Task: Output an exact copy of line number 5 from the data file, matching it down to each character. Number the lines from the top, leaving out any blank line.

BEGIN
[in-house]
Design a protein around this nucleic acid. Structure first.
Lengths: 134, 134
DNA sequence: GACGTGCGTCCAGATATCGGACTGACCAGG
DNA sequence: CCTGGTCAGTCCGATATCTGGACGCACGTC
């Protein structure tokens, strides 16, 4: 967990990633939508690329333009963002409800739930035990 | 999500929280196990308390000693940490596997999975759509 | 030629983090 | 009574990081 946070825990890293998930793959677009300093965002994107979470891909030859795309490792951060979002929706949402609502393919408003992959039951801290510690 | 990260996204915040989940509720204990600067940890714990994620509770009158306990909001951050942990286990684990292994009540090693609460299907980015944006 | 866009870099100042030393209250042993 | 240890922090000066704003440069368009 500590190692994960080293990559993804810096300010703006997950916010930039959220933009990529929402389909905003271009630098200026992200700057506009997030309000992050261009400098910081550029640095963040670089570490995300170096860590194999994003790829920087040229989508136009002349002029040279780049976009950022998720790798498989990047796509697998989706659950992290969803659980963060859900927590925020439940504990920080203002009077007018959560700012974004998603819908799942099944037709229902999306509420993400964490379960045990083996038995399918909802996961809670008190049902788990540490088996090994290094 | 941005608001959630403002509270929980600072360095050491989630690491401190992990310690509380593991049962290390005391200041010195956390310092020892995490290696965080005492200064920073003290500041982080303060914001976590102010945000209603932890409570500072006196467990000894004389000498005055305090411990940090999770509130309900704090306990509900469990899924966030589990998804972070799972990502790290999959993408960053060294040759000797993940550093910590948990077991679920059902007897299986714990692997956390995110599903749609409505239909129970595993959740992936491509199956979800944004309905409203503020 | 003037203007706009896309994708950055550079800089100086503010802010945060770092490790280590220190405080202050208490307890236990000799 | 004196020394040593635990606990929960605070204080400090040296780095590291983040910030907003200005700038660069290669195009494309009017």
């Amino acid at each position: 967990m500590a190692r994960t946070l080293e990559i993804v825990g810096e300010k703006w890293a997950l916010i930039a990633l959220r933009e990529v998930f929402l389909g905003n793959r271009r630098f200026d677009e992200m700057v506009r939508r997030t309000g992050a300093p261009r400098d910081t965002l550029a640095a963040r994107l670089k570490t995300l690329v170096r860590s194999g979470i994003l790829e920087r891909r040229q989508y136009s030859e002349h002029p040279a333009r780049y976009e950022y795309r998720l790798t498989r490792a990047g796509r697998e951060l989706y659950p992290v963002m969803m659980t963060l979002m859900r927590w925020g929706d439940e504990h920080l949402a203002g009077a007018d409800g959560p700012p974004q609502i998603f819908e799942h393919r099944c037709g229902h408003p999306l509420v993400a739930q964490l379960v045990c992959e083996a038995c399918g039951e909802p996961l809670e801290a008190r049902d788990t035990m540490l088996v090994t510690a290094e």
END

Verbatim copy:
DNA sequence: CCTGGTCAGTCCGATATCTGGACGCACGTC